By Helene von Bismarck
An in-depth research of significant Britain's coverage within the oil-rich Persian Gulf quarter over the last years of British imperialism within the sector, overlaying the interval from the independence of Kuwait to the choice of the Wilson executive to withdraw from the Gulf.
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Extra info for British Policy in the Persian Gulf, 1961–1968: Conceptions of Informal Empire
Since none of the Gulf States was a formal colony, the deployment of British troops to the area depended on the goodwill of local leaders and Britain’s privileged political position in the Gulf States. Political inﬂuence, on the other hand, could only be maintained if the local rulers remained conﬁdent that Britain was not only willing but also militarily able to defend them against foreign aggression. As a result, it had to be the British Government’s aim to preserve the conﬁdence and trust of all the local rulers by maintaining its military presence in the entire area.
128 Throughout the 1960s, OPEC’s ability of to inﬂuence the international oil industry remained very limited. Its biggest success was to prevent a further cut in the posted prices for Middle Eastern oil, since the international oil companies became more cautious about taking unilateral steps without consulting the producing countries. However, the notion of pro-rationing was dropped soon after the Baghdad conference. 2 The Foreign Ofﬁce took the occasion of his appointment to Bahrain to re-examine Britain’s policy aims in the Persian Gulf, focusing particularly on the question of whether the relationship between the British Government and the rulers of the Gulf States, along with Britain’s military presence, continued to be the best means of protecting British interests in the region.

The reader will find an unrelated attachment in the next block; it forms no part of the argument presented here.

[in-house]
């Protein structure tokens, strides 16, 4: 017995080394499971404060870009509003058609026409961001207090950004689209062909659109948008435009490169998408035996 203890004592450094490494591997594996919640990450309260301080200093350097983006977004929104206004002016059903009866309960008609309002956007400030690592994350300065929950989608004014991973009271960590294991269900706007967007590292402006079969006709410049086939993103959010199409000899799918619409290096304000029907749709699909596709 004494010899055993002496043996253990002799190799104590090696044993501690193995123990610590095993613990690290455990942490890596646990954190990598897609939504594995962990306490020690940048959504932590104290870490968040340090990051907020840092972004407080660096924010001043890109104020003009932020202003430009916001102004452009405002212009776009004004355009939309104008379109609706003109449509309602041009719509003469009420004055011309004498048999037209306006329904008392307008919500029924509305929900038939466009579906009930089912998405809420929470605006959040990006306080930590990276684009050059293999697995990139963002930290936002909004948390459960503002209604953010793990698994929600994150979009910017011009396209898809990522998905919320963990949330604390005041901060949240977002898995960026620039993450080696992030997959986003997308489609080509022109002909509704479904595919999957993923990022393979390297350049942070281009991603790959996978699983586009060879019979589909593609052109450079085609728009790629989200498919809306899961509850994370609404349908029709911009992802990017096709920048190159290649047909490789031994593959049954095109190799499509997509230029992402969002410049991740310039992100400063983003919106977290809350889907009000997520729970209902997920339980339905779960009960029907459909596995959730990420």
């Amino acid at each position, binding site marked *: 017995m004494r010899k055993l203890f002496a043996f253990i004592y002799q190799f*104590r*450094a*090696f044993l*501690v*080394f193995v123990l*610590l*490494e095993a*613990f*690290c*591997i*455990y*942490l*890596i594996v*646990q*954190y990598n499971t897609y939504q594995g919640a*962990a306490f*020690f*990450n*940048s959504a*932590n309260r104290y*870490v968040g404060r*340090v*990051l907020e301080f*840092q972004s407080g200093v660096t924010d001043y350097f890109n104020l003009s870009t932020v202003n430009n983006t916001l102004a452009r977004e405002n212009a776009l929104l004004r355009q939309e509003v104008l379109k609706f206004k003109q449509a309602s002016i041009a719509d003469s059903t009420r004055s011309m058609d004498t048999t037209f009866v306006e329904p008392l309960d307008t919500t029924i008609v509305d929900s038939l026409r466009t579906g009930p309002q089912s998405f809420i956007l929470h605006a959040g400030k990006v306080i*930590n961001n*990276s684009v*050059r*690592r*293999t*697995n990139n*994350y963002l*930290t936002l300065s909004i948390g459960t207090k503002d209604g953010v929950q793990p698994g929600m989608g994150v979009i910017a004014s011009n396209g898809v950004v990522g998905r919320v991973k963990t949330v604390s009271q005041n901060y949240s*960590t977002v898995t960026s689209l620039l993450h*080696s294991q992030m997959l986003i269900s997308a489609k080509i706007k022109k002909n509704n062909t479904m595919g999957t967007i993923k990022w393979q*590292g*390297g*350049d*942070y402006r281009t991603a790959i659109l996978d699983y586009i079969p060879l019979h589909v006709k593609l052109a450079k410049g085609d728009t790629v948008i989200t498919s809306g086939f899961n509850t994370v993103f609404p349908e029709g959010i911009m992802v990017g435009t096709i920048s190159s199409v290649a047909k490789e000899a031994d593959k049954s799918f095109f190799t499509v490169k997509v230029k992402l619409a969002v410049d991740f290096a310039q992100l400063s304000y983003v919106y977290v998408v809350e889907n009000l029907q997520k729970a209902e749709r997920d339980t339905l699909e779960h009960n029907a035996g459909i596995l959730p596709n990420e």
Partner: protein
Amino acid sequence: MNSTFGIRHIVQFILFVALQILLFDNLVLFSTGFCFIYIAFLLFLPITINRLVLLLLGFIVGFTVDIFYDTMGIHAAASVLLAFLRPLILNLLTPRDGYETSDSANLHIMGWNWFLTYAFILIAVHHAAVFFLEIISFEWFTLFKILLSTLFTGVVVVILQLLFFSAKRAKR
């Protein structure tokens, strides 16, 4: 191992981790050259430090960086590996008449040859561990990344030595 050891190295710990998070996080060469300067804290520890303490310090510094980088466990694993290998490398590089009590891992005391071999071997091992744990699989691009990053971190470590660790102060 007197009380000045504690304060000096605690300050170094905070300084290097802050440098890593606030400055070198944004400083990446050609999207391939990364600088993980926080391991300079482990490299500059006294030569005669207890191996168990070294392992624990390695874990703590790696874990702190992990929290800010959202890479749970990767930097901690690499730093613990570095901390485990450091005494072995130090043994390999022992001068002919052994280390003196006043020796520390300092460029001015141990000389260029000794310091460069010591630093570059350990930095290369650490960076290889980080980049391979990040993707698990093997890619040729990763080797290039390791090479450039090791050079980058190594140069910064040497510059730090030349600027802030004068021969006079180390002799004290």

The beneﬁt of this system was that it allayed the rulers’ suspicions that the companies were taking advantage of them by quoting different prices for different purposes. In practice, however, the actual sale of the oil was frequently made at less than the posted price since the companies were trying to undercut each other. 121 In the decades following the Second World War, oil evolved into the world’s leading source of energy. 122 In the 1950s alone, global oil consumption had almost doubled, but this did not mean that the supply-and-demand situation facing the international oil industry during the 1960s was satisfactory.
British Policy in the Persian Gulf, 1961–1968: Conceptions of Informal Empire by Helene von Bismarck